Urp. Excuse me!

My cup runneth over because my across-the-road neighbour keeps filling it with cold beer.

I didn't realize how much I like beer until the sun beat down on my shoulders this afternoon, as I weeded the front garden. And then there was a hose and some sudsy water for washing the car and then suddenly - how did this happen?!?1 - I was drinking a beer, in the shade with my welcoming and hilarious neighbours and feeling blessed.

Cold beer tastes better with fun conversations and children and dogs and hilarity.

And sunshine.

Blessed, blessed sunshine.

I've had six now. Six beer.

Is it beers? Beer?

Who cares, it's cold and the neighbours are watching my kids and I love the whole world and the sun is still shining.

I wish my brother was here.

I wish I could drink beer (beers?) with him and watch him scoop my sons effortlessly into his arms and turn them upside down, laughing. 

Instead, Neighbour (and Beer Passer) Rob has taken to his role as "pseudo-babysitter" with grace and style and energy:

Rob, Neighbour-Extraordinaire, with Matthew

This will do.

This is enough.

Cheers, Bamboo.

This one's for you, my beloved baby brother.

This one (or six...I can't remember anymore...) is for you.

The Gift of Laughter

May 19th. It's a gorgeous day. Blue, practically cloudless skies, warm sunshine...perfect for a birthday celebration.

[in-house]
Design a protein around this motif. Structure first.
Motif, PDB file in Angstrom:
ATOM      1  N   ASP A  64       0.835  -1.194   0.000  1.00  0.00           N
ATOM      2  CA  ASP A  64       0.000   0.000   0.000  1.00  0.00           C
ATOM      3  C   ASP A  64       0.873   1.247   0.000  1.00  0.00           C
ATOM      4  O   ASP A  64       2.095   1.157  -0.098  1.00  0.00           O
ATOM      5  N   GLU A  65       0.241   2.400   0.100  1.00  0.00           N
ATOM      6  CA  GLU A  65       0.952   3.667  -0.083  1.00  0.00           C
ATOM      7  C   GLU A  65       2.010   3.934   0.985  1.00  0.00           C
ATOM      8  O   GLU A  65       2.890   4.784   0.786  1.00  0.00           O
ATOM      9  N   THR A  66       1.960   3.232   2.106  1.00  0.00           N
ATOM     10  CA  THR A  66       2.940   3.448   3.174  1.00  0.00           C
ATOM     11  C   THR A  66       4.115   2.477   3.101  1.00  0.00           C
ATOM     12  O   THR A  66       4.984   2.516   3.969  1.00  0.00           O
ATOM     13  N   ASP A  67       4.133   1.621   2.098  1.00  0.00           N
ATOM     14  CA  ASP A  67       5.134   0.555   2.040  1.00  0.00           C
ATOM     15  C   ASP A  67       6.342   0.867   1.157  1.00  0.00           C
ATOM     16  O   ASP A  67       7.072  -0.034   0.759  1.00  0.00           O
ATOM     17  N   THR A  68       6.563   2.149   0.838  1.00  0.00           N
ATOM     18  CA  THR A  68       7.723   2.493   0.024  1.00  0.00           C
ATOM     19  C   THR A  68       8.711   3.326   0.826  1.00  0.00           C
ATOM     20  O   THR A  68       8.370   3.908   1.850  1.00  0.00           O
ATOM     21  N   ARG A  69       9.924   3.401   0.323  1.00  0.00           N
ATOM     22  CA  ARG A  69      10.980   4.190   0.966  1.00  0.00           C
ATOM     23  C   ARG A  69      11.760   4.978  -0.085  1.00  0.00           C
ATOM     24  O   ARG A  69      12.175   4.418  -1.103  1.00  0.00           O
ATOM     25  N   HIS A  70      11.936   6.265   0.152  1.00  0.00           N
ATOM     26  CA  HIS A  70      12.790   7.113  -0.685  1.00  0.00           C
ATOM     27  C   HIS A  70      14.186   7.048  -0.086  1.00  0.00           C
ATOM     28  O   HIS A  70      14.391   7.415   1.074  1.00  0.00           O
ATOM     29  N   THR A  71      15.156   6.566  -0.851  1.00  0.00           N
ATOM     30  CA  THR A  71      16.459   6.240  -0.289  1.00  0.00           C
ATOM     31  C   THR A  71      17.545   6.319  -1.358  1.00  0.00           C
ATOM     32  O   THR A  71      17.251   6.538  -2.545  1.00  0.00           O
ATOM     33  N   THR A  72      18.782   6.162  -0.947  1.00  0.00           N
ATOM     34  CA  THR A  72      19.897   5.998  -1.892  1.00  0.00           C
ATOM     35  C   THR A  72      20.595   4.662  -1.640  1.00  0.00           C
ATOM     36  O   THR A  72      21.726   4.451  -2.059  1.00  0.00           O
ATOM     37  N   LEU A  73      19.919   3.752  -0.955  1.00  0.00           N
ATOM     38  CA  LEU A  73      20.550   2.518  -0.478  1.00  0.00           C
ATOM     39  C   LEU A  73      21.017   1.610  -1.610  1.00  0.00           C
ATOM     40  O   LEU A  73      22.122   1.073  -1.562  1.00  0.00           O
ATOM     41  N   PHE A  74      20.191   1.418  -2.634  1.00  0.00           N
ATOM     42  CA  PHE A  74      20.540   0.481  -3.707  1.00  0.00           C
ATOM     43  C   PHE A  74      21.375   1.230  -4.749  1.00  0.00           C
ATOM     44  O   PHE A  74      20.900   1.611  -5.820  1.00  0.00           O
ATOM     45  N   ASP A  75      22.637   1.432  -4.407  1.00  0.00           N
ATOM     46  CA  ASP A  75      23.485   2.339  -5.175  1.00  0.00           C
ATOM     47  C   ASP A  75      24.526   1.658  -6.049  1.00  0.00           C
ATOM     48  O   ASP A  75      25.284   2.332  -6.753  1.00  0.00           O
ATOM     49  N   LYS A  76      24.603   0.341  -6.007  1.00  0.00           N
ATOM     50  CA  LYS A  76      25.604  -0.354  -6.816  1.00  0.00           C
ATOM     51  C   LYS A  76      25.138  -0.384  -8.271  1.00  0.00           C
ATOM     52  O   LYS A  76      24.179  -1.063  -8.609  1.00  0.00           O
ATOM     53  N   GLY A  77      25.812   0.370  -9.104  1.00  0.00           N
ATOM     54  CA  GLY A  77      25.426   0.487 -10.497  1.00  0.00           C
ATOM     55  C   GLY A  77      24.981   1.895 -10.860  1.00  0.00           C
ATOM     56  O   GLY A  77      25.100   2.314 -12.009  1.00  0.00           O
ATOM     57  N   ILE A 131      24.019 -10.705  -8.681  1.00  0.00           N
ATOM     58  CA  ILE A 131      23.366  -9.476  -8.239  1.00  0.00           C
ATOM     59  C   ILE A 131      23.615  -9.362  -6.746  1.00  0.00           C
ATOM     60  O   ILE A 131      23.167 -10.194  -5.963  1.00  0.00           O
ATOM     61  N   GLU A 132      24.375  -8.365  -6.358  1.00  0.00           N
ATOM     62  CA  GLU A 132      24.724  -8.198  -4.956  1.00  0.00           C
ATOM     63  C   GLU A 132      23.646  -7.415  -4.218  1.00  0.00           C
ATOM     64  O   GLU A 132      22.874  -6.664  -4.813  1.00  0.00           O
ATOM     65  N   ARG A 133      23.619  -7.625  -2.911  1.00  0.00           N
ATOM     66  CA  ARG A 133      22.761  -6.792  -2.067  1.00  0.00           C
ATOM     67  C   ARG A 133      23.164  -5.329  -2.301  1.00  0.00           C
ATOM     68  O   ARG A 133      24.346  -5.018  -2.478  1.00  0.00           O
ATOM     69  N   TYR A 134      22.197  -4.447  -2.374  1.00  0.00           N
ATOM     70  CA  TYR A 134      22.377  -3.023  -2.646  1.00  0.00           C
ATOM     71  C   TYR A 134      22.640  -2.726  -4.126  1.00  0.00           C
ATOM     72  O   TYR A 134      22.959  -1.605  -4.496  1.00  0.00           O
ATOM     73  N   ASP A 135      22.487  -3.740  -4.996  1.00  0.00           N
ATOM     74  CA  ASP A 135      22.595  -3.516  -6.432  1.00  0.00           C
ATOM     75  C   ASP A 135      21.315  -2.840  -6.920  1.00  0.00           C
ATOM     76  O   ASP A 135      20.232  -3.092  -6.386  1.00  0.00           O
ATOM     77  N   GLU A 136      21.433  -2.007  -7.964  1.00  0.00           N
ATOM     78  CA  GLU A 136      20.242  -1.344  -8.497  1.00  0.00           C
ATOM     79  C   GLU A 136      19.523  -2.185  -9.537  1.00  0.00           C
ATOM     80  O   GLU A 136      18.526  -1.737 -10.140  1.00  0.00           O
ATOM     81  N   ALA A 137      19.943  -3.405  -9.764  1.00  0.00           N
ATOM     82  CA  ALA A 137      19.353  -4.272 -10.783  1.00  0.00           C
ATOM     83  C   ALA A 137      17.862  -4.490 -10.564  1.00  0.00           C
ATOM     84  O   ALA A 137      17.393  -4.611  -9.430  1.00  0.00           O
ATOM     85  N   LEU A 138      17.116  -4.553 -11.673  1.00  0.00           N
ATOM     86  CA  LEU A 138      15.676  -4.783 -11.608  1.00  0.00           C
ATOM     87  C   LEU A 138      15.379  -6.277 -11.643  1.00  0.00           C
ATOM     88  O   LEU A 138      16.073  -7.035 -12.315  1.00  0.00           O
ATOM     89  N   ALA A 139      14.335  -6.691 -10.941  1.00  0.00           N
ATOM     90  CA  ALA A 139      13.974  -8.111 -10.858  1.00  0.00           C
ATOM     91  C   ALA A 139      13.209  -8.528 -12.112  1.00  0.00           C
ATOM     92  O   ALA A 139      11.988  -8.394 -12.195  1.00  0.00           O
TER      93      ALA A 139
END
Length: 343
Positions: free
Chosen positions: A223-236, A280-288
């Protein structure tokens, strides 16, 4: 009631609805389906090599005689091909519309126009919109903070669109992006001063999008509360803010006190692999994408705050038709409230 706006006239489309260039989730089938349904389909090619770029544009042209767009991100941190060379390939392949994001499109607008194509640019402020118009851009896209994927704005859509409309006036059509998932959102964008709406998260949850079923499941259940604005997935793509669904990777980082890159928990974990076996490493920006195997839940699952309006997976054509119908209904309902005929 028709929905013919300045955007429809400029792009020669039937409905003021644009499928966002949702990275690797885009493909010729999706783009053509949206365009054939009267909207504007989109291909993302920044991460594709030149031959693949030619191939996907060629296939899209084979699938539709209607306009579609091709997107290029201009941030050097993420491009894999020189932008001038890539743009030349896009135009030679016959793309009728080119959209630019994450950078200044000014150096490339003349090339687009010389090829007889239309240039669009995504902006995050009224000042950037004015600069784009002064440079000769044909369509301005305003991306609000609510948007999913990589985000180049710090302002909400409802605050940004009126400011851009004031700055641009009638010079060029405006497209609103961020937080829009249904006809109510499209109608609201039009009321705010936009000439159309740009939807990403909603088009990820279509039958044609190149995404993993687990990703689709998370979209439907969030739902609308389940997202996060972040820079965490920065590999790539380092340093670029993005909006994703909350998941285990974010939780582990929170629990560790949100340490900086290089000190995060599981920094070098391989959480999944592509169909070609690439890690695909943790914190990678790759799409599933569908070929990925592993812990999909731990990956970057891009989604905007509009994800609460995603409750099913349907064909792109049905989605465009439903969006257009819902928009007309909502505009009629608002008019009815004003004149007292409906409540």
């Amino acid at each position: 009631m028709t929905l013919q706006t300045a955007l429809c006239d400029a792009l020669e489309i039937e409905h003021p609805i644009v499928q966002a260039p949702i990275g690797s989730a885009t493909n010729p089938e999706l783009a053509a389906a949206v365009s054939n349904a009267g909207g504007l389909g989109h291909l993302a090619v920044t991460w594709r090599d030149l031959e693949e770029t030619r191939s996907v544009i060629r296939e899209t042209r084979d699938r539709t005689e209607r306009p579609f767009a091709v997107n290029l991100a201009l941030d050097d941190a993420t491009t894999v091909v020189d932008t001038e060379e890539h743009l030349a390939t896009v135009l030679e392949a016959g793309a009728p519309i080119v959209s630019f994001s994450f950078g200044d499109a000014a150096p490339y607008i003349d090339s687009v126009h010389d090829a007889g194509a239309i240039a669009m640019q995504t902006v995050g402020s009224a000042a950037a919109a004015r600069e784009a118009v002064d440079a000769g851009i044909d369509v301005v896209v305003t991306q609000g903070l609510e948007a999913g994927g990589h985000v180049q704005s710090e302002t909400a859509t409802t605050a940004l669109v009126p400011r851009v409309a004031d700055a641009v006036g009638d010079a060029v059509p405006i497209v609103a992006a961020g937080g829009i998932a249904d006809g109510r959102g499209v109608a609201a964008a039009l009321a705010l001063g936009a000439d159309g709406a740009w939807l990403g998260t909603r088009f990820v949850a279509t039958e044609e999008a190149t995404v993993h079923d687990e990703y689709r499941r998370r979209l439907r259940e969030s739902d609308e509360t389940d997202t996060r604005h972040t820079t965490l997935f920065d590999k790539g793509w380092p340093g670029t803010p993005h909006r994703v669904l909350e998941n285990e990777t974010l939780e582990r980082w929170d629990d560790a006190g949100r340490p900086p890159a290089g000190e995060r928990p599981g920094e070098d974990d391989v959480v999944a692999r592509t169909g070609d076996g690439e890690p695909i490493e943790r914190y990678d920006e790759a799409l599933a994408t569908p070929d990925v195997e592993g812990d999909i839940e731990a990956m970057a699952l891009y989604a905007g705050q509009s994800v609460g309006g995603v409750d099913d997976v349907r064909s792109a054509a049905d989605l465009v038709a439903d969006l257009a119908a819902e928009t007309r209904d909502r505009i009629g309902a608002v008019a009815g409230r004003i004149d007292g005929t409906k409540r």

Today is  my brother's birthday - had he lived, he'd be turning 34.


Time heals, until days like today, when remembering the best of who he was makes me ache with missing him and all the milestone moments that made up our lives.

If he were still here, we'd be gathering under these blue skies, to hang about my parents' back deck, drinking beer and waiting for Andrew to make us laugh.

Even without using words, he was hilarious:

Here, my parents had just purchased a new camera/video recorder/player/BBQ/telephone and we all took turns trying to make it work. When Andrew's turn came, he was overly-confident, so it amused us all enormously to watch him puzzle through:

"Let's see....I look through here, focus..."

"I got this. Ha! I got this....!"

"Wait a sec...maybe I don't got this...I'll just turn this knob..."